We all know that sometime “experiments” fail. Prisoners are not lab animals to be poked and prodded and experimented upon. We are human beings that suffer from diverse disabilities. These disabilities must be comprehensively addressed and energetically overcome if incarcerated men and women are to function normally when reintroduced into society. What happens if your “Experiment” doesn’t live up to expectations? Do you simply give up? That’s simply not an option. And given CDCR’s minimalist approach to rehabilitation, I’ve no doubt that any pilot programs implemented will fail for lack of enthusiasm.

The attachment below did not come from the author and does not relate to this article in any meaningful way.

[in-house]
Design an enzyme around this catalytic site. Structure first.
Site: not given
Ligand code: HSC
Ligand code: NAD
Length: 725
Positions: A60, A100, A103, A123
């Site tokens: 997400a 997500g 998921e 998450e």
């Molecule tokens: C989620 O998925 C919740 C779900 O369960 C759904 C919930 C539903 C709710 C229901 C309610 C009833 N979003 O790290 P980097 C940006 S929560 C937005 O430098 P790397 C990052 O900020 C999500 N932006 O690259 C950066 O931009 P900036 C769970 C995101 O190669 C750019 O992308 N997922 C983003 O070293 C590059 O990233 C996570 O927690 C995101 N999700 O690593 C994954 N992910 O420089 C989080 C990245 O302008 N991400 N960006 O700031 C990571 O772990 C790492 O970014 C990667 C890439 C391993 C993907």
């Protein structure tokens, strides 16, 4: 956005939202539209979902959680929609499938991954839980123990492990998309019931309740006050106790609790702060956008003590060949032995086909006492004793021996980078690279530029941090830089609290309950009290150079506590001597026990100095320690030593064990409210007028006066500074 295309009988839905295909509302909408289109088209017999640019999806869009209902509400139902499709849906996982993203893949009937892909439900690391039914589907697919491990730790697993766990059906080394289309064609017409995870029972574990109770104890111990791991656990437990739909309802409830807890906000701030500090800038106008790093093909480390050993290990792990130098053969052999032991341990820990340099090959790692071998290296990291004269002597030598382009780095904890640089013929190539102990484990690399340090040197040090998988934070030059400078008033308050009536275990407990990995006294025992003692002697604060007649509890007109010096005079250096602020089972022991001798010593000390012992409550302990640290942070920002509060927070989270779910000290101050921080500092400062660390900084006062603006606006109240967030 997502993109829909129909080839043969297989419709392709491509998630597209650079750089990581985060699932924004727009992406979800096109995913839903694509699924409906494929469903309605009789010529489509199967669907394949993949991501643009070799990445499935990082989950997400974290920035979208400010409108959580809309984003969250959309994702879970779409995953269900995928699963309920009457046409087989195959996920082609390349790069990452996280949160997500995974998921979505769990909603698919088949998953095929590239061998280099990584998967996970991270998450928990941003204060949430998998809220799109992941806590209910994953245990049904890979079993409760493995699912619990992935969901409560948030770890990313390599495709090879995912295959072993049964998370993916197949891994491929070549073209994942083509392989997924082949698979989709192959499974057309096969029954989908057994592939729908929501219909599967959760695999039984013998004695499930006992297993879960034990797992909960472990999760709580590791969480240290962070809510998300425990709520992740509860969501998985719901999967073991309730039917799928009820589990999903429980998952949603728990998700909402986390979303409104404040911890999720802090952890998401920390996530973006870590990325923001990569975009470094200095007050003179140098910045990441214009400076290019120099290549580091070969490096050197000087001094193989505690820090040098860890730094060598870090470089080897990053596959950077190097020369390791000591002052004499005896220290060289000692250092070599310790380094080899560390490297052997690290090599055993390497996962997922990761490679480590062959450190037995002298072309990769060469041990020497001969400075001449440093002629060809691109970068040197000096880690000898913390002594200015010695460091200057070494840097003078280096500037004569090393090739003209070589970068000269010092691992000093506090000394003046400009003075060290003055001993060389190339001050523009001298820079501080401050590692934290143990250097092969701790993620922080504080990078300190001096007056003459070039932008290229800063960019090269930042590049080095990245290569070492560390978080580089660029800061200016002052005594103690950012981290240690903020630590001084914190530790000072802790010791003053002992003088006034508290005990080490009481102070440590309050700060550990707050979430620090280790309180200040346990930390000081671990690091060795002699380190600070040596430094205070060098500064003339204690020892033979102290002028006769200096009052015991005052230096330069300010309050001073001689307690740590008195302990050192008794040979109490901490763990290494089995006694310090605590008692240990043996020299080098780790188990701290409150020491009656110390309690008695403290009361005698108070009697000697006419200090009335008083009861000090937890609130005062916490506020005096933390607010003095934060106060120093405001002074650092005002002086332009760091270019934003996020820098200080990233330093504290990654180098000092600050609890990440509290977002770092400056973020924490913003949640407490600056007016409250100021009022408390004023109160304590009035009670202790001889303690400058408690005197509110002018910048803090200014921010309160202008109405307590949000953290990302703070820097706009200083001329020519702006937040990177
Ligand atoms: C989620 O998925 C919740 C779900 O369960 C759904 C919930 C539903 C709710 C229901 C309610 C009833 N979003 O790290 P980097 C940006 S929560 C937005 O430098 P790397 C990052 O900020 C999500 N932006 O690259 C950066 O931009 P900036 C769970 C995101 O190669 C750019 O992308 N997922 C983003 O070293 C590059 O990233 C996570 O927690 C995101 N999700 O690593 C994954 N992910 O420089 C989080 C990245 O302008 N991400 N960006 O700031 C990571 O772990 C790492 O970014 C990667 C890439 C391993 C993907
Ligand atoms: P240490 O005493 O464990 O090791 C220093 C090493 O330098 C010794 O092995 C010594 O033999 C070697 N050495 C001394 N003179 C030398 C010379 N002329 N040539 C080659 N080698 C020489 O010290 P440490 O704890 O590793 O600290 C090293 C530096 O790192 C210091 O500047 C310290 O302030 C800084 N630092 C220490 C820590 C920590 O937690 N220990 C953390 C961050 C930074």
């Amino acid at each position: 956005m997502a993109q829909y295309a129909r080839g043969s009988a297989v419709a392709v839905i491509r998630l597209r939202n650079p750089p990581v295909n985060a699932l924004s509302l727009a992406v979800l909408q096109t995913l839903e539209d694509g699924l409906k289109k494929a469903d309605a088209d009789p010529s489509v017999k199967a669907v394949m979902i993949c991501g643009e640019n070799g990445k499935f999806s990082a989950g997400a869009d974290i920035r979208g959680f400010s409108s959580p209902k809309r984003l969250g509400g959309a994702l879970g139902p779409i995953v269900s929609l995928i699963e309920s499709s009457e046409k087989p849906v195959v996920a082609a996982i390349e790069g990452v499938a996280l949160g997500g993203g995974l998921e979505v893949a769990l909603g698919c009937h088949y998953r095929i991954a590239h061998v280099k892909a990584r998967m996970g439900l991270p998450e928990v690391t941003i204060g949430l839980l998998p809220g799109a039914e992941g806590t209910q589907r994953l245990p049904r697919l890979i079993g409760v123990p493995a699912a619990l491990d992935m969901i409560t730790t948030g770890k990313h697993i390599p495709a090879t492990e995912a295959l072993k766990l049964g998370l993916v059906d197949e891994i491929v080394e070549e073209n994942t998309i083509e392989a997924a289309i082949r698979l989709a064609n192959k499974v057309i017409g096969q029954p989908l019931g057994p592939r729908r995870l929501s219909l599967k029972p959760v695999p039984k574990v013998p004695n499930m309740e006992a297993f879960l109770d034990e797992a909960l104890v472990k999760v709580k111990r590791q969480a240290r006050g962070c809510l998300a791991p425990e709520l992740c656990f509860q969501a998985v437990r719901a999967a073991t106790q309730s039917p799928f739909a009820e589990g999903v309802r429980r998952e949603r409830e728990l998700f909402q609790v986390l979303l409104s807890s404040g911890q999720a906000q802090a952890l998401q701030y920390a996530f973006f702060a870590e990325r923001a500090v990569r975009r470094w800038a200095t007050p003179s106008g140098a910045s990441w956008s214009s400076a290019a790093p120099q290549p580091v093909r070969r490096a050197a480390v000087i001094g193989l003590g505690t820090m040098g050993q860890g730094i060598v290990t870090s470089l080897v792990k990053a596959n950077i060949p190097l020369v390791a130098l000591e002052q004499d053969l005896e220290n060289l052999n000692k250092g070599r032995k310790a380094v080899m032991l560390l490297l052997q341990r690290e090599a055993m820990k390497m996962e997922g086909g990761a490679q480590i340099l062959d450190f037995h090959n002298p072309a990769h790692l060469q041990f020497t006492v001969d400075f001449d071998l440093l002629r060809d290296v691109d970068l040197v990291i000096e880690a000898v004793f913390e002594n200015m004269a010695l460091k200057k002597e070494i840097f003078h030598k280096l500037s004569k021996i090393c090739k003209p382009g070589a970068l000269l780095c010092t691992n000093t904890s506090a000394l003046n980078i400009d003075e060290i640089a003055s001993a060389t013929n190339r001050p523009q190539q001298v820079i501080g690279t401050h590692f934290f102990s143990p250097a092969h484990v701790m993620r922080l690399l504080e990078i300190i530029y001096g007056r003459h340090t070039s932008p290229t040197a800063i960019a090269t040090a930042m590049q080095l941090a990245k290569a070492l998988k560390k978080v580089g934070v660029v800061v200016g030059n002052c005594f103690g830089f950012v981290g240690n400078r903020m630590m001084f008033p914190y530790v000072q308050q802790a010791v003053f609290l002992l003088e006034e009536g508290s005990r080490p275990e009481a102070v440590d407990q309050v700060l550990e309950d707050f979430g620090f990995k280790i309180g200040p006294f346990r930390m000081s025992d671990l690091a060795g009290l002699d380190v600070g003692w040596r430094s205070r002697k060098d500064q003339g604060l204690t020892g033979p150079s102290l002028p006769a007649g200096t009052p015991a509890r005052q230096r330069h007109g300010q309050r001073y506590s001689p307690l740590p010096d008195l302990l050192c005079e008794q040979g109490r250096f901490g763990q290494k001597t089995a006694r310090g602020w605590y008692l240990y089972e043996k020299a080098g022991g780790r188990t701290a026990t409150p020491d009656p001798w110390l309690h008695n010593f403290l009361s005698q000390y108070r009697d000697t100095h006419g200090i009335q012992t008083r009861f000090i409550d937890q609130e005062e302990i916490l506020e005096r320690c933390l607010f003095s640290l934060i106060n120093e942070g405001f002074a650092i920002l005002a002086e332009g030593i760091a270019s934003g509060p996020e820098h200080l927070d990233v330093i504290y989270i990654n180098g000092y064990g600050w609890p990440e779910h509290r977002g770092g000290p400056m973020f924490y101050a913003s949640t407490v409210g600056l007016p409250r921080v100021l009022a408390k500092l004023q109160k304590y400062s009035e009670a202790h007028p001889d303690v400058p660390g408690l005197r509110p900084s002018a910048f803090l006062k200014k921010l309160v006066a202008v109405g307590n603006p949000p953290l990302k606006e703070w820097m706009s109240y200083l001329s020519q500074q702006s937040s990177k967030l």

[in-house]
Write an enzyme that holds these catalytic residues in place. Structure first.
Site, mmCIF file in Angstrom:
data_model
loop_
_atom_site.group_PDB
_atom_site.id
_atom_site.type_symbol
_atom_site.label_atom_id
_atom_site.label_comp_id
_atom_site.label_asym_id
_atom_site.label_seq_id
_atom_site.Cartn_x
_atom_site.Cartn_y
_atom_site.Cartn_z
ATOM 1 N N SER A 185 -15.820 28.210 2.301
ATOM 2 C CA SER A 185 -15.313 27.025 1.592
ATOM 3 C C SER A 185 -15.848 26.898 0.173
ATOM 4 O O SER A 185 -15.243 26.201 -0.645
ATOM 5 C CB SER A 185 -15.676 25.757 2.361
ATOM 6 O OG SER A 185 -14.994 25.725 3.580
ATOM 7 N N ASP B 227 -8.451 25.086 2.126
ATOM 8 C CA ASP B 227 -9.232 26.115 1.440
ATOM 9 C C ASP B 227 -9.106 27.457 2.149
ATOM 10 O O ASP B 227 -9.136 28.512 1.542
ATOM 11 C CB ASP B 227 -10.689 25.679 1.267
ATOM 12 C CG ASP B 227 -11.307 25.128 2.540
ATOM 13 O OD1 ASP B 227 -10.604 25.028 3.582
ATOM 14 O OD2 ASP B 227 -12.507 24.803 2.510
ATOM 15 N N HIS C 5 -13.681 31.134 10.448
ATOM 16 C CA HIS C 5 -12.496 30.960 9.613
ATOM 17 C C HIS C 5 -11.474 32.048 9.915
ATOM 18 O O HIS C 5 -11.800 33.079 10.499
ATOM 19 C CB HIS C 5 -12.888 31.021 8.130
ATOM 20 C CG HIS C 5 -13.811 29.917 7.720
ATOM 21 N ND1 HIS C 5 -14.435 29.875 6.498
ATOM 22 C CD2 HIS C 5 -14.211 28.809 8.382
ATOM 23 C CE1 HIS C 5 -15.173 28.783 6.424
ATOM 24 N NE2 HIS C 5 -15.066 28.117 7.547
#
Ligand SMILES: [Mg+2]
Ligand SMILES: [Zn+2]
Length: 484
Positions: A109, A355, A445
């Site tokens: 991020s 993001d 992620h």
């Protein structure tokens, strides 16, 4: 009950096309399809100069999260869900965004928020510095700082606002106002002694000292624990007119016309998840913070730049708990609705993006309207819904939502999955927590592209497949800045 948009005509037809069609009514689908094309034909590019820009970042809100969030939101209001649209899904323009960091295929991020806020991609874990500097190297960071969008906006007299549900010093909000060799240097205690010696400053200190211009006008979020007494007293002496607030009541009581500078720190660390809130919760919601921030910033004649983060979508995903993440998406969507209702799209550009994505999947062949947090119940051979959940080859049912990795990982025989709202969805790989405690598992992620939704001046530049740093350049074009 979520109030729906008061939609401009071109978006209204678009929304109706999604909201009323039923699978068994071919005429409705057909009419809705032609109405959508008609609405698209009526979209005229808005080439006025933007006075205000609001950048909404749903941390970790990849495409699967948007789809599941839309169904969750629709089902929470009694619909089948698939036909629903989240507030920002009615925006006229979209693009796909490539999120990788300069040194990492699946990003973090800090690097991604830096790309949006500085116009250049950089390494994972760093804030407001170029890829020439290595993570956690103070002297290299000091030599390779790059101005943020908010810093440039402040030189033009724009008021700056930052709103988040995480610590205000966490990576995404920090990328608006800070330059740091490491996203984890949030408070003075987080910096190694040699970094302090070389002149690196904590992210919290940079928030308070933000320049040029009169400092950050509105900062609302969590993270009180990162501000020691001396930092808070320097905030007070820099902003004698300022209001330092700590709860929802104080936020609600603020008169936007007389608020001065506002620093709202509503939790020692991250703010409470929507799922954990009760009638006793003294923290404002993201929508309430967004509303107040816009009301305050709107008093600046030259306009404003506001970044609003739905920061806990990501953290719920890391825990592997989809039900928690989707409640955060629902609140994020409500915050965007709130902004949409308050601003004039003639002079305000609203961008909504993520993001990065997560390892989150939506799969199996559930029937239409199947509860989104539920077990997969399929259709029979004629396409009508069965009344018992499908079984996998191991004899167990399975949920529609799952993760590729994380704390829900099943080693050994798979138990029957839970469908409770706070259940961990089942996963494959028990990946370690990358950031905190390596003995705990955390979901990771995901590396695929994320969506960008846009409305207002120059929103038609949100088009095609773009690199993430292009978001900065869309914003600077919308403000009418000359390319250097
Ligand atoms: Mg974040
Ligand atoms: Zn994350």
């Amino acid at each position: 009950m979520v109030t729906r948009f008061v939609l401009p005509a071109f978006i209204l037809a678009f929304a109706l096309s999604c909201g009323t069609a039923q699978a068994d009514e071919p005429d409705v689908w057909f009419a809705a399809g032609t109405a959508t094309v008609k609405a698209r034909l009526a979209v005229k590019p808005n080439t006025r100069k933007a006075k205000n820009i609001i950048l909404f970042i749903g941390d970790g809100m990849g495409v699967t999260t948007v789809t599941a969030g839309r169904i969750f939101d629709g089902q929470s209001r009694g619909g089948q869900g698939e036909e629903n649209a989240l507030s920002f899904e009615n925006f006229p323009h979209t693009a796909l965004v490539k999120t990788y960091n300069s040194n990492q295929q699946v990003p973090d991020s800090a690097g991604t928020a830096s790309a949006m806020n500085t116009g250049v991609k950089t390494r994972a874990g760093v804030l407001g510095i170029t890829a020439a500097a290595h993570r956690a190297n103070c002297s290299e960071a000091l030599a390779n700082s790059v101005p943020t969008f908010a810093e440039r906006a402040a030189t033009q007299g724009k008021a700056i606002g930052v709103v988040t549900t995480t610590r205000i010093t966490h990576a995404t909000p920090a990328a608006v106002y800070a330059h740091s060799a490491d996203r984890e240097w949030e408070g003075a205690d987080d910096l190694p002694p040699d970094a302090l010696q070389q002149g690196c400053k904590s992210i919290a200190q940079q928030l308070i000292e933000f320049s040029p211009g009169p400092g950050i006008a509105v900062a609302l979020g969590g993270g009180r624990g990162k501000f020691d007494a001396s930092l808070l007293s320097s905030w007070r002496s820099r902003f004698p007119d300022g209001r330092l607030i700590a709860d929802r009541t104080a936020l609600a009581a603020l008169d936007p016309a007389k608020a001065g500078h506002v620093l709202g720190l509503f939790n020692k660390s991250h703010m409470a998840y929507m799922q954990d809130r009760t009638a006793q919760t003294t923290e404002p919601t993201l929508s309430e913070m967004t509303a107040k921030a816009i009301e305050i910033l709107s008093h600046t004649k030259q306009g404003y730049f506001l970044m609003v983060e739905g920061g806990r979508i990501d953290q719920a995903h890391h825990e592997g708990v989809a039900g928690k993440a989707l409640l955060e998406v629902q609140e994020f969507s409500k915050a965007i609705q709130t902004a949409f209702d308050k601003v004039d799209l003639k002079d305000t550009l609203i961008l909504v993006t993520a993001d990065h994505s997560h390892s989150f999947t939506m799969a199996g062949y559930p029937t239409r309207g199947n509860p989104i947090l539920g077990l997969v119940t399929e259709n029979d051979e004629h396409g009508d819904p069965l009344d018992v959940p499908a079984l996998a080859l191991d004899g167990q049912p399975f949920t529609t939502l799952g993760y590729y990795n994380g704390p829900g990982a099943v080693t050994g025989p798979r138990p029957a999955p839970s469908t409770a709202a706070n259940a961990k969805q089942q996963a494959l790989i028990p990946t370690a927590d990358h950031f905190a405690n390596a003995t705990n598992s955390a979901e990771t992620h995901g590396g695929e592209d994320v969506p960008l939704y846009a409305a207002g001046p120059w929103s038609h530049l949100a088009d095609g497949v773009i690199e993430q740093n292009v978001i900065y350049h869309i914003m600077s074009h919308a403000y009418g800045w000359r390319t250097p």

Just last year, Mathew Cate stated his intention that community volunteers would be tapped to help fill the void left in program staffing created in the wake of Realignment. But to date there are no more volunteers coming into CMC than when I first arrived. I can count the number of non-custody volunteers that oversee programs such as AA and NA on one hand. An evening literacy program operating when I first arrived, no longer exists because correctional staff are no longer available. This, while San Quentin relies on scores of educators and facilitators to run the dozens of programs in place there. With institutions of higher learning such as Cal-Poly and Questa College literally right outside the prison’s gates, it is not due to a lack of willing personnel that we are starved for programs here. It is due to the administration’s opposition to rehabilitation programming that discourages community involvement.